For many small and medium-size businesses, the move to the cloud is done for very obvious business reasons—the first one being speed to implementation. A 2014 survey by the industry analyst firm Mint Jutras reported that “respondents with SaaS implementations reached their first go-live milestone 19% faster than those with on-premise solutions”. This is possible because cloud computing eliminates the need for purchasing and installing hardware and software.
In today’s business world, on-premise infrastructure simply doesn’t make sense. Every business today is cost-driven, to some extent. Capital outlay and recurring costs are concerns that keep financial controllers awake at night – and the cost of implementing and maintaining IT infrastructure is a major factor. Cloud computing has dramatically and permanently altered the business IT landscape. ERP systems that once required large, expensive on-premise servers, with associated high implementation and maintenance costs, can now be accessed in a variety of ways that slash those costs while providing superior performance.
Since implementing MYOB Advanced, Lauren and her team at the Woolcock Group have been able to streamline several processes and save an enormous amount of time. “Because we are able to build our own profit and loss reports which compare information across sub accounts, this has eliminated the need to export data to Excel to achieve the reports we need. The ability to search across multiple branches at any one time saves us time on many levels,” enthuses Lauren. In addition to this, the ability to access their accounting files through a web browser has meant the flexibility to work from anywhere, making managing all the separate businesses much easier.
Samsung portable 1TB T3 drive
Epson EcoTank Expression ET-2500
Microsoft L5V-00027 Sculpt Ergonomic Keyboard Desktop
UE Boom 2 Bluetooth speaker
Lexar® JumpDrive® S57 USB 3.0 flash drive
Linksys AC5400 MU-MIMO Gigabit router
Smart LED Bulb LB130
Google Daydream VR headset
Acer Swift 7
Lexar® JumpDrive® S45 USB 3.0 flash drive
Huawei Mate 9
Belkin MIXIT Metallic Lightning to USB Cable
3SIXT Ultra HD Sports Action Camera
Logitech G403 Prodigy mouse
Lexar® Portable SSD
Surface Pro 4
Blade 28 backpack by Arc’teryx
HP Pavilion x360 13”
Dell XPS 13 laptop
HD Pan/Tilt Wi-Fi Camera with Night Vision NC450
Garmin Fenix Chronos smartwatch
Lexar® JumpDrive® C20c USB Type-C flash drive
Lexar® Professional 1800x microSDHC™/microSDXC™ UHS-II cards
Audio-Technica ATH-ANC70 Noise Cancelling Headphones
Dell Inspiron 5000 series 2-in-1
Most Popular Reviews
- 1 Huawei Mate 9 full in-depth smartphone review
- 2 ZTE Axon 7 review: Is ZTE dumping old stock on Australia?
- 3 Oppo R9s smartphone full review
- 4 Finally! LG OLED TV 2016 range review
- 5 Huawei Nova Plus smartphone review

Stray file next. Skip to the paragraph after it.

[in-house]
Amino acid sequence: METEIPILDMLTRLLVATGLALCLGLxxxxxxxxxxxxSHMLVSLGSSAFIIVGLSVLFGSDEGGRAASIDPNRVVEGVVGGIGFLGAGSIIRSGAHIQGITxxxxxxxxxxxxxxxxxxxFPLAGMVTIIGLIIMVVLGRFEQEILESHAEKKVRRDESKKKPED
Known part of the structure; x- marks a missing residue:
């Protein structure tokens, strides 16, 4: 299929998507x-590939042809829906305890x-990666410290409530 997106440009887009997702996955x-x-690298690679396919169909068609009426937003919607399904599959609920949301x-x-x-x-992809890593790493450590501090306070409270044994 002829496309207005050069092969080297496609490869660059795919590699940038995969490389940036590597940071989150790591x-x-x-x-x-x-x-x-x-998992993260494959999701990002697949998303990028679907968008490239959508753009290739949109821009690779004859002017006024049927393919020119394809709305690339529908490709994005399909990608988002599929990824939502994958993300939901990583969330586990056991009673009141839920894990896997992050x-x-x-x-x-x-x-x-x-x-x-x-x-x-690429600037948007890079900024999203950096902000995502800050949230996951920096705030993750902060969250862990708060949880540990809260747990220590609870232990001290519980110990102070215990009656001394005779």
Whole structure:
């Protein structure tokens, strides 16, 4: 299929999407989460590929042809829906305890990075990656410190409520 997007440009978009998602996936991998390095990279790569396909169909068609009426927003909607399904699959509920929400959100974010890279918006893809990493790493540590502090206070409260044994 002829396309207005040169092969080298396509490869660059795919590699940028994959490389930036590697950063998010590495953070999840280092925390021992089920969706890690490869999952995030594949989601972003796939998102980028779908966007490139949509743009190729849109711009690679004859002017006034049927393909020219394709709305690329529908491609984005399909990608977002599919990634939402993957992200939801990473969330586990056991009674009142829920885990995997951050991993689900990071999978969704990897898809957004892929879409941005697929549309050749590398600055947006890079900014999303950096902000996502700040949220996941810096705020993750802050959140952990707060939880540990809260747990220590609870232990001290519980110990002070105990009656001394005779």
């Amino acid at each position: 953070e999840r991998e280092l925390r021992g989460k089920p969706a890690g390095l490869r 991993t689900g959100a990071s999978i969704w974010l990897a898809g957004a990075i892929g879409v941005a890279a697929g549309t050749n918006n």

Join the PC World newsletter!
Latest News Articles
- Israeli soldiers hit in cyberespionage campaign using Android malware
- Researcher develops ransomware attack that targets water supply
- Analysts peer into Microsoft's rumored Windows 10 Cloud
- AT&T, IBM, Nokia join to make IoT systems safer
- Apple's Plus plan pays off
GGG Evaluation Team
First impression on unpacking the Q702 test unit was the solid feel and clean, minimalist styling.
For work use, Microsoft Word and Excel programs pre-installed on the device are adequate for preparing short documents.
The Fujitsu LifeBook UH574 allowed for great mobility without being obnoxiously heavy or clunky. Its twelve hours of battery life did not disappoint.
The screen was particularly good. It is bright and visible from most angles, however heat is an issue, particularly around the Windows button on the front, and on the back where the battery housing is located.
My first impression after unboxing the Q702 is that it is a nice looking unit. Styling is somewhat minimalist but very effective. The tablet part, once detached, has a nice weight, and no buttons or switches are located in awkward or intrusive positions.
- How to quit Pokemon Go (or to start enjoying it again)
- Huawei Mate 9 full in-depth smartphone review
- Time to ditch Foxtel and the iQ3: How to replace Foxtel packages with cheaper alternatives
- What's the difference between an Intel Core i3, i5 and i7?
- Laser vs. inkjet printers: which is better?
- FTERP ConsultantQLD
- CCTest ManagerWA
- CCNetwork Engineer (cisco)NSW
- TPFunctional AnalystVIC
- CCMDM Consultant/DesignerVIC
- CCData Centre Design Engineer - Data Centre - TelcoVIC
- CCADABAS Natural DeveloperNSW
- TPTechnical Business Analyst - DigitalQLD
- FTIT Project Coordinator - Mascot/AlexandriaNSW
- FTDynamics AX Functional Consultant (Manufacturing and Trade & Logistics Modules)QLD
- FTDynamics AX Functional Consultant (Manufacturing and Trade & Logistics Modules)ACT
- TPSAP Helpdesk SupportACT
- FTPython DeveloperNSW
- TPInsights ManagerWA
- TPSenior Business AnalystQLD
- FTData AnalystQLD
- FTLinux Systems EngineerQLD
- CCERP Business Analyst (Time Capture/ Management) - Contract - Sydney CBDNSW
- FTLead PMONSW
- TPVB6 DeveloperVIC
- CCLevel 2 Helpdesk Support (CISCO)QLD
- CCApplication Services Administrator (Linux)NSW
- FTJava Developer - Fixed Term ContractQLD
- CCTechnical Consultant - ITSM/HP Service ManagerACT
- FTInfrastructure Architect (Adelaide Based)VIC